Cook County Jail is downsizing.
County officials announced Wednesday a plan to demolish three buildings in the sprawling jail complex near 26th and California — a move intended to save $188 million in capital costs over the next decade.
Demolition has begun on one building known as Division 3, which can house 360 inmates.
Demolition dates have yet to be set for Division 1 — which has a capacity of 1,250 and once held serial killer John Wayne Gacy and infamous gangster Al Capone — and the much smaller Division 17, which can hold 160 people.
All three buildings have been vacant for months.
Cook County President Toni Preckwinkle spoke Wednesday in front of a giant hole punched in Division 3’s brick facade at a news conference that promised to draw back the veil on a “a major announcement.”
The bit of theater aimed to build momentum for a major item on Preckwinkle’s agenda: decreasing what for years has been a steady flow of inmates into the jail to a trickle.
She has a stalwart partner in Cook County Sheriff Tom Dart, who joined her Wednesday — two weeks after he called for the abolishment of the state’s cash bond system in favor of something similar to Washington, D.C.’s system, in which about 90 percent of detainees are released without having to put up money.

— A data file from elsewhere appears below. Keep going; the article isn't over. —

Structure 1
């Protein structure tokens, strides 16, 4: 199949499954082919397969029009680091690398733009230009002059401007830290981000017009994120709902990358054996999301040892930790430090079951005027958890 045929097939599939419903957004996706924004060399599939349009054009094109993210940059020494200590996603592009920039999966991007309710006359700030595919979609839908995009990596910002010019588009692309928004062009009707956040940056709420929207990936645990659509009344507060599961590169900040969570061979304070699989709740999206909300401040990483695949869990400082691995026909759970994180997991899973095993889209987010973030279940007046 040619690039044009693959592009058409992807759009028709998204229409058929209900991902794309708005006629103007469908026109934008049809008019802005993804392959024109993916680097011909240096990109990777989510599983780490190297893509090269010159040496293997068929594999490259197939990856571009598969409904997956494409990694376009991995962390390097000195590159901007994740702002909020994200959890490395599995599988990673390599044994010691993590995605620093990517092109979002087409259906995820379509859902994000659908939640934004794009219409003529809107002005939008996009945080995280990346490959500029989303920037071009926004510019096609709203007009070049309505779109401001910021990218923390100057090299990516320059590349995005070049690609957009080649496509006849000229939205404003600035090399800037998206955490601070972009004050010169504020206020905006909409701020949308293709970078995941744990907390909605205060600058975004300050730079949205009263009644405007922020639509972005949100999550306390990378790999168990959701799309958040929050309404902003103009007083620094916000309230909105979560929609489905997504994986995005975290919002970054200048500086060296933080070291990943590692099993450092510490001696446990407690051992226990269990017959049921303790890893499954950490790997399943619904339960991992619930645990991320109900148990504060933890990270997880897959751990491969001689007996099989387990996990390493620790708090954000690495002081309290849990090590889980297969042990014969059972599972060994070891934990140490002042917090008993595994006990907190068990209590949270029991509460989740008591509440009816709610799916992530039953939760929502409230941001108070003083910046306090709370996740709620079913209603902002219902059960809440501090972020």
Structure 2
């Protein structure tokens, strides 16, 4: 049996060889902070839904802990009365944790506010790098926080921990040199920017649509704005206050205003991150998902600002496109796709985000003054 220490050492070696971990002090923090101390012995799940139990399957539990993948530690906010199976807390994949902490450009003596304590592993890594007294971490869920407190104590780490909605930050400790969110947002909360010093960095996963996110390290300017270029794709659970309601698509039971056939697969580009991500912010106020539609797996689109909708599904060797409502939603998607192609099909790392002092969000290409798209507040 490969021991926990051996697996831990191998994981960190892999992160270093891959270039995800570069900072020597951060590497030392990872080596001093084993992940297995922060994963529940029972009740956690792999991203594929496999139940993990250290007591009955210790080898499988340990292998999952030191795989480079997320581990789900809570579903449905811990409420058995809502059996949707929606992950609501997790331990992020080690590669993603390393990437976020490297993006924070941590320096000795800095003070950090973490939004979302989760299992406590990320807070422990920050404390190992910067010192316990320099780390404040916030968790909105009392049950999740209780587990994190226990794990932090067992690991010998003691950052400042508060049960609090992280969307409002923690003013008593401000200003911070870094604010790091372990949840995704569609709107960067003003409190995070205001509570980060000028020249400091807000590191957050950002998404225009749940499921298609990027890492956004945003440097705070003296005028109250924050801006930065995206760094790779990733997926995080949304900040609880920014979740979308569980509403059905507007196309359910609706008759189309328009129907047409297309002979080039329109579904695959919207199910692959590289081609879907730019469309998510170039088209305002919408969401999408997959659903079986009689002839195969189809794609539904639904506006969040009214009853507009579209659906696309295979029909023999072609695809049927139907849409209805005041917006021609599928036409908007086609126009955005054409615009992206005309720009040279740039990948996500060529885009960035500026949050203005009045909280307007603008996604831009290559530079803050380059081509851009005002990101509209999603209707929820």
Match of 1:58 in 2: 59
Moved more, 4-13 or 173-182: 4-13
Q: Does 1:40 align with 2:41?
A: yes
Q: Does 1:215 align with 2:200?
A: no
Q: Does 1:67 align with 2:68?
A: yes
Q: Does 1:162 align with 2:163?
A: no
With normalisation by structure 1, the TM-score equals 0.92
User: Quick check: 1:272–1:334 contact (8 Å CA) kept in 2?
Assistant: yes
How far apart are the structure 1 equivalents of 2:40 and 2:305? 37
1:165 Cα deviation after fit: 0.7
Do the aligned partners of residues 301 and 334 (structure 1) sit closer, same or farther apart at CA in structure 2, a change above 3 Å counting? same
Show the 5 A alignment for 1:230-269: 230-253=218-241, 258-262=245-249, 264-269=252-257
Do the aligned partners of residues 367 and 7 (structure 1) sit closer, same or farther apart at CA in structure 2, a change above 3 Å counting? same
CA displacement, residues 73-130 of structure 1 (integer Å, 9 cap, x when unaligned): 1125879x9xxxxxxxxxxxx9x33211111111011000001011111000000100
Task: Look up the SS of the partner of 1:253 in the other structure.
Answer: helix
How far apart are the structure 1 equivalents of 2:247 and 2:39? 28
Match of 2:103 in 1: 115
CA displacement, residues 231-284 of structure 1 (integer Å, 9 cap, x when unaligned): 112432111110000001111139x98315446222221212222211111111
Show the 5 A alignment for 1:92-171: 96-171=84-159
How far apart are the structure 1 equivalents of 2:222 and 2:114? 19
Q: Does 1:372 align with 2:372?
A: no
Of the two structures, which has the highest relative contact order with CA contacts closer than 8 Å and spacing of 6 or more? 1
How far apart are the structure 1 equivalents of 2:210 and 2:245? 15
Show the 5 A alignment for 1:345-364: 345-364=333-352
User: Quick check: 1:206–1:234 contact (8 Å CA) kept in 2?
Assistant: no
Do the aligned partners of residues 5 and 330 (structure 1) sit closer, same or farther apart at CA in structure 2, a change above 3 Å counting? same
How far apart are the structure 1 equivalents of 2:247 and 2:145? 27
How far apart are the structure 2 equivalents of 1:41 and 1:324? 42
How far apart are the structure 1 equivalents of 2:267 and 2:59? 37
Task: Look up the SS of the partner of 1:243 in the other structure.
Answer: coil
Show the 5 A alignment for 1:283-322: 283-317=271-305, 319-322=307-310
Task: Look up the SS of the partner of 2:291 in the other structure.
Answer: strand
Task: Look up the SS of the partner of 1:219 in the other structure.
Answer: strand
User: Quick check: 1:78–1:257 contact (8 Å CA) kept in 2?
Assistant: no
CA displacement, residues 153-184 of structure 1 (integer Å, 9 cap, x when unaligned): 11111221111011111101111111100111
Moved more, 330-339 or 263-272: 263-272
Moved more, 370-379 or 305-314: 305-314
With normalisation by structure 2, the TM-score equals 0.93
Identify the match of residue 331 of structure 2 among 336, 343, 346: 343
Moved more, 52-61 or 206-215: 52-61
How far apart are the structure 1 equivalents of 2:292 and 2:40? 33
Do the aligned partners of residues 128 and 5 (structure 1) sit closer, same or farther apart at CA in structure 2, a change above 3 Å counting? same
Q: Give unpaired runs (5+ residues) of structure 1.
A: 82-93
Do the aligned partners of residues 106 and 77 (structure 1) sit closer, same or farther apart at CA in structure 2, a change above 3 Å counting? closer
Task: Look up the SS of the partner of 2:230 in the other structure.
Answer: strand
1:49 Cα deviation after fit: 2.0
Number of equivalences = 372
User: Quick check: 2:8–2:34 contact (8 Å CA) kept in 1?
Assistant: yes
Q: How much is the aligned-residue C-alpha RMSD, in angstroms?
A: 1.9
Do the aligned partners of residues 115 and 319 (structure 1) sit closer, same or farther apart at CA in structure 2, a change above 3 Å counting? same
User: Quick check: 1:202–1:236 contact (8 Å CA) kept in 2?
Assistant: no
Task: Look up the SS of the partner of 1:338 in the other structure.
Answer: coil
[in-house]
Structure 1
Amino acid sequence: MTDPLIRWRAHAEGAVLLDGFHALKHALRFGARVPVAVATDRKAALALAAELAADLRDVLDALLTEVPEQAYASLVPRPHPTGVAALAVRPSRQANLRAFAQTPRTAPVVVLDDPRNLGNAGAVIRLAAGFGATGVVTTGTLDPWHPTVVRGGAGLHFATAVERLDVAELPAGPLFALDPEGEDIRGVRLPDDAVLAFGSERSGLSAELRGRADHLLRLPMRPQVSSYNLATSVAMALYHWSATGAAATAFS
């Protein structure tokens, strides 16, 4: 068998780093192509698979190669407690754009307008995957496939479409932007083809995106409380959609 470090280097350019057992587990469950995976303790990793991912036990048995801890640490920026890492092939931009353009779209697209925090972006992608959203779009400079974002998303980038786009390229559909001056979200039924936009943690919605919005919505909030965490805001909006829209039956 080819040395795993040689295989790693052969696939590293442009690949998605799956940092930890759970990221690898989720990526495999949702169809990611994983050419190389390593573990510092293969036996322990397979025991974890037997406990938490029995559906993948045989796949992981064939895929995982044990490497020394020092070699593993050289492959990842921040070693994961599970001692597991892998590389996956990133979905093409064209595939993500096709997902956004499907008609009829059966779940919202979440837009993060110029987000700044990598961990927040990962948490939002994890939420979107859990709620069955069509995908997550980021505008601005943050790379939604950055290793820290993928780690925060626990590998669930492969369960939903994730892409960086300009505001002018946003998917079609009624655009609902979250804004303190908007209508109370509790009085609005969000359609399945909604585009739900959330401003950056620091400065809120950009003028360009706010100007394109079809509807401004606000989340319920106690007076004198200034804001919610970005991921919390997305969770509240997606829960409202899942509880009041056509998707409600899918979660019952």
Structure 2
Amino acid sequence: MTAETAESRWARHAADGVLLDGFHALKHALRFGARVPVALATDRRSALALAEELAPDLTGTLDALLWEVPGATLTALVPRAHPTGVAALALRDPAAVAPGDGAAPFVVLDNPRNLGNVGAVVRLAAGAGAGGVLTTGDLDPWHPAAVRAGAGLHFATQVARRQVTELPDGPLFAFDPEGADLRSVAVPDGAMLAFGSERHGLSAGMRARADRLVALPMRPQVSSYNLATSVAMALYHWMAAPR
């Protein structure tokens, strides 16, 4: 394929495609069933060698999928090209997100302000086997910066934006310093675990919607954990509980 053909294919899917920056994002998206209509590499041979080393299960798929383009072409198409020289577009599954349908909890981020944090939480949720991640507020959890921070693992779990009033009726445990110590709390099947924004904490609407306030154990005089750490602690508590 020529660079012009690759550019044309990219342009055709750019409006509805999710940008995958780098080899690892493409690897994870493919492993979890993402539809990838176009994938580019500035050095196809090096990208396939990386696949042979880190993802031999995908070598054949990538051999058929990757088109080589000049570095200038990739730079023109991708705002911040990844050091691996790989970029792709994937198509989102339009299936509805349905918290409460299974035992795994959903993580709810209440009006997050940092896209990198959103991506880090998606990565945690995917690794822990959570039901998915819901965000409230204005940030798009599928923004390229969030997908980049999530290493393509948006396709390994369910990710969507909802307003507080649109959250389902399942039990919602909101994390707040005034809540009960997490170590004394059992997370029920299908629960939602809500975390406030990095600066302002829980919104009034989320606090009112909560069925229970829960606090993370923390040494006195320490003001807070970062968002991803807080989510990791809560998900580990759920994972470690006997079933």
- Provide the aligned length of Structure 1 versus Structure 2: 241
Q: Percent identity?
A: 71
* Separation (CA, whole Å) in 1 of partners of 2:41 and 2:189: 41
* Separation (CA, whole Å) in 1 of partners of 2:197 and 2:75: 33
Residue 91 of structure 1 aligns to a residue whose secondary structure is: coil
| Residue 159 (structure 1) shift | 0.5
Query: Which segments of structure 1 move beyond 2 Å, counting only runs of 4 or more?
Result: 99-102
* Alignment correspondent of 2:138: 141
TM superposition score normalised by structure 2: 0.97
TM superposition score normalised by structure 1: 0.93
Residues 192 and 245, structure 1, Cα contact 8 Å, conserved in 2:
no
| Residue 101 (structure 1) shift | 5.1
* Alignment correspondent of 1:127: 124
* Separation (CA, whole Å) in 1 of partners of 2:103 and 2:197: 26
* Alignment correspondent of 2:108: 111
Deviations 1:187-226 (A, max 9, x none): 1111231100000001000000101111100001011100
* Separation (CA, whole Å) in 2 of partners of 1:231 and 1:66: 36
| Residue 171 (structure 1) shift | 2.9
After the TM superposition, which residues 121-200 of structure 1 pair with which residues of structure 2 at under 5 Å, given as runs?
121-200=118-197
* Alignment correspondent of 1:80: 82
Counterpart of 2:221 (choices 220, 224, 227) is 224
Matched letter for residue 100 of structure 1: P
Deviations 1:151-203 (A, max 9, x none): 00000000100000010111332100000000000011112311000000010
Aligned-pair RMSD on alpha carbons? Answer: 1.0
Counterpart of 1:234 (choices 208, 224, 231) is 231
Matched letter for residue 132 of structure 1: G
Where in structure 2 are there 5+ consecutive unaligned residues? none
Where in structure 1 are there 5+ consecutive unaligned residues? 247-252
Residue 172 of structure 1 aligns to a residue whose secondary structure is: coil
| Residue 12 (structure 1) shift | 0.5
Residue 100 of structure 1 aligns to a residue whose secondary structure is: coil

“Jail is for violent people,” Dart said Wednesday. “For non-violent people . . . they don’t need to be here.”
The jail population on Wednesday stood at 8,058 inmates.
“We’ve been able to substantially reduce the population of the jail,” Preckwinkle said. “The number is still far too high, but it’s come down more than 20 percent since 2010 when I came into office.”
The county expects the demolitions will also save $3 million in operating costs during the 2017 fiscal year that begins on Dec. 1.
Preckwinkle also applauded efforts to use electronic monitoring to keep people out of jail — an option that, on average, costs about $31 a day compared with the $150 per day it costs to house an inmate in jail.
When Dart took office in 2007 he struggled with overpopulation problems that resulted in inmates taking turns using the same bed in eight-hour shifts — a practice known as “hot bunking.”
Dart predicted the demolitions will be accompanied by a drop in his jail staff. The jobs, he said, would be phased out through attrition, not cuts.